In the Claws of the Tomcat: US Navy F-14 Tomcats in Air Combat Against Iran and Iraq, 1987-2000

Published on
March 29, 2021
Review Author(s)
Book Author(s)
Tom Cooper
Other Publication Information
softcover, 80 pages, 21 color profiles, 90+ black & white photographs and maps, published 2020.
Company: Helion & Company - Website: Visit Site
Provided by: Casemate UK - Website: Visit Site

The book is Volume 29 of Helion & Company’s Middle East@War series. The book includes over 80 black and white photographs which include not only photographs of some of the US Navy F-14 squadrons that were engaged in operations in the Persian Gulf and over Iraq, but also quite a few good photographs of Iraqi Air Force aircraft, surface-to-air missiles and other defenses systems, as well as Iraqi pilots. The photographs are supplemented by 21 color profiles of various F-14s and Iranian and Iraqi aircraft that were involved in the actions discussed in the book. There are also several charts setting forth the order of battle for the two forces along with maps of the theater of operations.

Tom Cooper is an Austrian aerial warfare analyst and author with extensive contacts both within the US military and with many current or former senior officers of air forces across the Middle East and he has taken advantage of these sources to put together a much more balanced look at the employment of the F-14 Tomcat in the Persian Gulf region, before, during and after Desert Storm. Mr. Cooper’s portrayal of how the F-14s were employed during Desert Storm demonstrates that they played a much bigger and more integral role in US Navy air combat operations during the conflict than has previously been published.

The book begins with an overview of the genesis of the F-14 Tomcat, including a good discussion of how the sale of F-14s to Iran in the mid 1970’s saved Grumman from bankruptcy and forced the US Congress to continue authorizing the purchase of more F-14s for the US Navy. He also discusses the problems encountered with the TF30 engines that the F-14A was equipped with, problems that were only solved with the replacement of the TF30 with F110 engines in the F-14A+/B and F-14D.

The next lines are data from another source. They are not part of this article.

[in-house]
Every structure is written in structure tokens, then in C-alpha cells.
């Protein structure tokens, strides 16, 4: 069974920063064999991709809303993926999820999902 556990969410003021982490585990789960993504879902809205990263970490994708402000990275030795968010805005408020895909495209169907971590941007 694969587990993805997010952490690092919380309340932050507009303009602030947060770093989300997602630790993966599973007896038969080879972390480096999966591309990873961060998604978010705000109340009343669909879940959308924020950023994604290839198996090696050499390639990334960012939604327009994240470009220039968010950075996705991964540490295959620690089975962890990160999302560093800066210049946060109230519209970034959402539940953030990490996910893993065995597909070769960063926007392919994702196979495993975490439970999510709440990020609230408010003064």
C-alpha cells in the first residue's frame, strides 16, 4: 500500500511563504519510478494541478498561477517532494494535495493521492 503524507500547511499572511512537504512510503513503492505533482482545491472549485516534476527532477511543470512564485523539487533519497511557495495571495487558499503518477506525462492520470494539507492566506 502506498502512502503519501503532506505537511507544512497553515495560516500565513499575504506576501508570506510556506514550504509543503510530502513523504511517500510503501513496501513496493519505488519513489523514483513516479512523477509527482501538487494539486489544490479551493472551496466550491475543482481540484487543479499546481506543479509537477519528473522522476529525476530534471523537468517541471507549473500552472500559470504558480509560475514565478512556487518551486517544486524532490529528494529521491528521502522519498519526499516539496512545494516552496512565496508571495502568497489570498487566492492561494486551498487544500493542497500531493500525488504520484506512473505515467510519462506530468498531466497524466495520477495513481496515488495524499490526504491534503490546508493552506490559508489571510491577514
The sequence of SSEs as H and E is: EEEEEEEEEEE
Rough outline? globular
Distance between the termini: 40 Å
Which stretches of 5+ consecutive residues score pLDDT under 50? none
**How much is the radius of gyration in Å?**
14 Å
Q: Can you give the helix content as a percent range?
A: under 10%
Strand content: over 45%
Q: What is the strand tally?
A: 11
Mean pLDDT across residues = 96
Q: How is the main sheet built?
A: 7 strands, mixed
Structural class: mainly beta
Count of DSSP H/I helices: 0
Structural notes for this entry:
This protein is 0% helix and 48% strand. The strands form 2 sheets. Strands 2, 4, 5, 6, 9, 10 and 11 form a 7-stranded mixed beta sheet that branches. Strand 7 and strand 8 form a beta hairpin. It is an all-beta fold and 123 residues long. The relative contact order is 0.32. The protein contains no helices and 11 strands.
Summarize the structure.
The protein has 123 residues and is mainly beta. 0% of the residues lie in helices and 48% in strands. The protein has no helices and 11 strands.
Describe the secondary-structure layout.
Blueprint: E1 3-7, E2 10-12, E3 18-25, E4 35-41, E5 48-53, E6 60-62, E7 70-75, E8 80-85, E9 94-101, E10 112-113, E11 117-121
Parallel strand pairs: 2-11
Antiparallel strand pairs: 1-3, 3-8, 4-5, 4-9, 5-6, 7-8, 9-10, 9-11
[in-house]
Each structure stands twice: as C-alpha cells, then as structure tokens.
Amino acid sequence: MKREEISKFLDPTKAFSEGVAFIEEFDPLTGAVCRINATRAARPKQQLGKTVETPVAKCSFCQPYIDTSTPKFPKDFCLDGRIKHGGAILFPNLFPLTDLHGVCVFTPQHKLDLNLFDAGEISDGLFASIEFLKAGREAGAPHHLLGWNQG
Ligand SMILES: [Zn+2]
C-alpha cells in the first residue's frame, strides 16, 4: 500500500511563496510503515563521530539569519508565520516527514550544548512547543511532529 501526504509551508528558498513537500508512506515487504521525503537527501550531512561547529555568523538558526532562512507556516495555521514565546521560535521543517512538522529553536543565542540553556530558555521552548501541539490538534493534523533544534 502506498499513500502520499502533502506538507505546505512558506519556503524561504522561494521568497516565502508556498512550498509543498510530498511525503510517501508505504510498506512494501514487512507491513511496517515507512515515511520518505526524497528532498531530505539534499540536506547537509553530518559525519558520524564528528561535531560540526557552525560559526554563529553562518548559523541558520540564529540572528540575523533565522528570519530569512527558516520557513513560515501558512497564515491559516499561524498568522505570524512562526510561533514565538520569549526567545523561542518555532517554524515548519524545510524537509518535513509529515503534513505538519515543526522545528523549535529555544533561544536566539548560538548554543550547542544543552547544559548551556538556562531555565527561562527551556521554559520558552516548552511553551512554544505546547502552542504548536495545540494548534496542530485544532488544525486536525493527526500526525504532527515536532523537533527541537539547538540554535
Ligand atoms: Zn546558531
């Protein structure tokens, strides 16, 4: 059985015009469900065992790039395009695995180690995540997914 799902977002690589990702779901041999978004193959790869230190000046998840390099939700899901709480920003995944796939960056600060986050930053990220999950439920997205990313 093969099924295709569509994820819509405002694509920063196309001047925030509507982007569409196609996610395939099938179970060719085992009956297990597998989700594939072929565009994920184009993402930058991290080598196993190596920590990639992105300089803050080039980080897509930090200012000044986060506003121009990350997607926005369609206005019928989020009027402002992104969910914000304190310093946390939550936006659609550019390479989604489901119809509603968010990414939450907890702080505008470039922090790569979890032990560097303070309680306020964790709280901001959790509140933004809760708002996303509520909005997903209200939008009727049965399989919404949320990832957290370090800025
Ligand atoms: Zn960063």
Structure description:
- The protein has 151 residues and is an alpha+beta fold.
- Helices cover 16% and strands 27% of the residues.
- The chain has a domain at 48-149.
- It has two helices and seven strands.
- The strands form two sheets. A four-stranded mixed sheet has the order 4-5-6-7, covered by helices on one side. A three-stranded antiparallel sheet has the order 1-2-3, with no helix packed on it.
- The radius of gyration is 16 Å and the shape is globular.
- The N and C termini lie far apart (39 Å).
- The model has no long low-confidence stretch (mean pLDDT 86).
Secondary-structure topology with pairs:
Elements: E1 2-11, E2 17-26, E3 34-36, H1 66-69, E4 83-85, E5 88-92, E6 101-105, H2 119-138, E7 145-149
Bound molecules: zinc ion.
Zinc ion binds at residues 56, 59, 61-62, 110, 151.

The author also discusses the advantages and disadvantages of the variety of fighter aircraft flown by the Iraqi Air Force as well as its reliance on ground control during intercept operations. He points out that many of the Iraqi pilots faced by the Coalition air forces in Desert Storm were not only very experienced, but also had much more combat experience than the Coalition pilots. Unfortunately, they were not able to take advantage of this experience due to the Coalition’s control of the airspace over Iraq and the degradation of the Iraqi ground control network.

Like many others, my impression has always been that the F-14s were relegated to secondary roles far away from the action during Desert Storm due to their lack of the non-cooperative target recognition features built into the F-15 and later aircraft which allowed them to distinguish between friendly and enemy aircraft independent of outside sources. Mr. Cooper puts this myth to rest by showing that rather than being on the sidelines, Tomcats were in the thick of the fray, doing what they had trained to do for years – protecting the strike group from enemy aircraft. He discusses several instances where F-14s were actively engaged with bandits but were unable to fire on them due to the Rules of Engagement which required two types of identification to confirm the target as hostile. He also points out that despite these shortcomings, the F-14s did what they were there to do and prevented the Iraqi fighters from engaging the strike aircraft.

Due to his contacts on both sides, Mr. Cooper is able to provide both sides of many of the engagements or near engagements that occurred during this period and in some instances, to finish an unfinished story by telling the other side of the encounter, such as the confrontation between 2 VF-21 F-14s and an Iranian F-4E Phantom II in 1987 and fairly conclusively showing that the VF-103 F-14A+ lost over Iraq was actually shot down by an Iraqi Air Force MiG-29, not an SA-2 SAM as has been previously reported. He also explains that despite having well trained, seasoned pilots, since the Iraqi leadership decided that preservation of its aircraft was more important than opposing the Coalition’s air campaign, Iraqi pilots were not often given opportunities to engage Coalition aircraft but were instead either kept on the ground or vectored away from threats instead of towards them.

I really enjoyed reading this book and I felt it gave a much more balanced presentation of the F-14’s employment during the Gulf War and offered a glimpse of what could have been had the Tomcat’s radar system and software had received the upgrades that the newer aircraft such as the F-15 & F-18 had.

Highly recommended. Thank you to Casemate Publishing for the review sample.


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